answering “have you ever been fired?” in an interview

A reader writes:

I was in a job interview the other day and everything was going well, until I was asked if I had ever been fired, and if so what were the reasons. Having never been asked that question before, my initial reaction was to feel that my privacy was being invaded and that this was an inappropriate question. Additionally, I was asked to sign a statement that I had not answered this question honestly, or it would be used as a reason for dismissal.

Since that interview, I have learned that this is a common question. The idea behind that question is that whatever happened before will happen again. (This was also said in the interview and not “may,” but “will.”)

I was indeed fired from a job about 10 years ago. I did the job well, I contributed to the organization, but my relationship with my supervisor was not good (this really can happen). Since then I ensure that I do both — I do the job well and work at my working relationships.

So my question is, how can I answer this question honestly? Is it a trick question?

It’s not a trick question. It’s exactly what it seems to be — a genuine desire to know if you have ever been fired before and, if so, why. If you put yourself in the employer’s shoes, you’ll probably understand why an interviewer would want to know this. It’s not that no one who has been fired could ever be the right fit at a different job — but it certainly does provide useful information about problems that the candidate has run into in the past (even if only personality conflicts). And perhaps most importantly, there’s a lot to be gleaned from the way the candidate discusses it now. Do they just seem bitter and angry about it? Have they learned from the experience? How has it changed how they conduct business? And so forth.

It’s hard to tell you how you yourself should answer this question without knowing more specifics, but one option might be talking about how you ended up in that situation, what you learned from it, and what you do differently now as a result.

{ 21 comments… read them below }

  1. Anonymous*

    10 years ago is a long time. If you have good references and a solid work history since that job, I can’t imagine it would be a deal breaker. I would try to find out exactly what information is being released about your termination by the company. Chances are pretty good your supervisor isn’t there anymore so a potential employer may only be able to get basic info. My company only gives last title and dates of employment – nothing more.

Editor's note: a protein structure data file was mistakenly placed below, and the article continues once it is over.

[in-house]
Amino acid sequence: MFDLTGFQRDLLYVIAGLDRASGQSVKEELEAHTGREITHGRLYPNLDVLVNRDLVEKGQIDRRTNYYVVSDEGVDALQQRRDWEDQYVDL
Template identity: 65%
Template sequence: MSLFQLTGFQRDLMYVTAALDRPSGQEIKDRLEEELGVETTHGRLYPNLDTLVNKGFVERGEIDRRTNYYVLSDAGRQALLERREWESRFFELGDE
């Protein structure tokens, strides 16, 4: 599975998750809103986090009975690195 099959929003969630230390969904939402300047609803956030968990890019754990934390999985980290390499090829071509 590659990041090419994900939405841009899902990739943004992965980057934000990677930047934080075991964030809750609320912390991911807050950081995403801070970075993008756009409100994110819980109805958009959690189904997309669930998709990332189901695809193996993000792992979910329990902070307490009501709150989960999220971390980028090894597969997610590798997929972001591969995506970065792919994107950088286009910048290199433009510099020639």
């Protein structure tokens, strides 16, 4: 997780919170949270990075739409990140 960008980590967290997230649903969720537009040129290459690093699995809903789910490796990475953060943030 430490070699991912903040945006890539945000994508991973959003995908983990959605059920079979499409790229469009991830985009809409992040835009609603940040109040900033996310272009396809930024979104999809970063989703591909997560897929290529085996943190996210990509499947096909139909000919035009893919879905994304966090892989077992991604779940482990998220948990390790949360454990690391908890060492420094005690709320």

I was in a similar situation to yours and had the same problem while interviewing for other jobs. It turned out that “Have you ever been terminated or asked to resign?” is a very common question. When I first started interviewing I was bitter about it and I’m sure it showed. After I made peace with it and acknowledged to myself that I screwed up, I was able to calmly discuss it in interviews. I discussed it in about 15 or so interviews and only had one person really push hard for more details (and we didn’t hit it off in general). I carefully rehearsed my answer but found that how I said it was much more important than what I said.

  2. Rachel - I Hate HR*

    This is like the “what are your weaknesses” question.

    Answer it honestly. Don’t tell the worst of it. Tell how you’ve changed.

  3. P-NUT*

    This question is easier to answer if the reason one was fired was circumstantial and not related to performance or integrity. However, its a great opportunity to showcase ones character by answering it honestly, focussing on how it has changed you / your perspectives for the better. There is no telling how the interviewer will react but if they dont appreciate your response then its probably not where you want to work anyway.

  4. Rick*

    I agree with the tenor of the post and comments here. I’ve been fired. It wasn’t fun, but most prospective employers want to know two things:

    * How and what have you learned from the experience?
    * Judging by how you address the firing, have you put it behind you and moved on?

  5. Anonymous*

    10 years is a long time. How about 2 months ago, without warning, after working 9 days on the job? And how about this: if you are wrongfully terminated (have the evidence of such, had an adjudicator from the state determine as much), when you are then asked what was learned from the firing, you can't honestly tell them much of anything because any lessons learned (after making peace with it) will be a hit against your chances to get hired. I've discussed this concern during a potential future interview with many friends and there's no question: the answer to this difficult question really depends on how much you know about what they know and experienced with wrongful terminations in their past. Unfortunately, there's a lot you don't know, will never know, and don't want to know about this topic, and while lots of people experience firings, very few have experienced every which way it can go down.

    1. Anonymous*

      If you were on the job for 9 days I wouldn’t mention it. That was a release because the job wasn’t a good fit. Most jobs have a three to six months trial period and if it doesn’t work out you are released.

      1. Ask a Manager* Post author

        There isn’t a real difference between released and fired, but I really don’t think you need to mention a job you did for nine days. Erase it from your mind!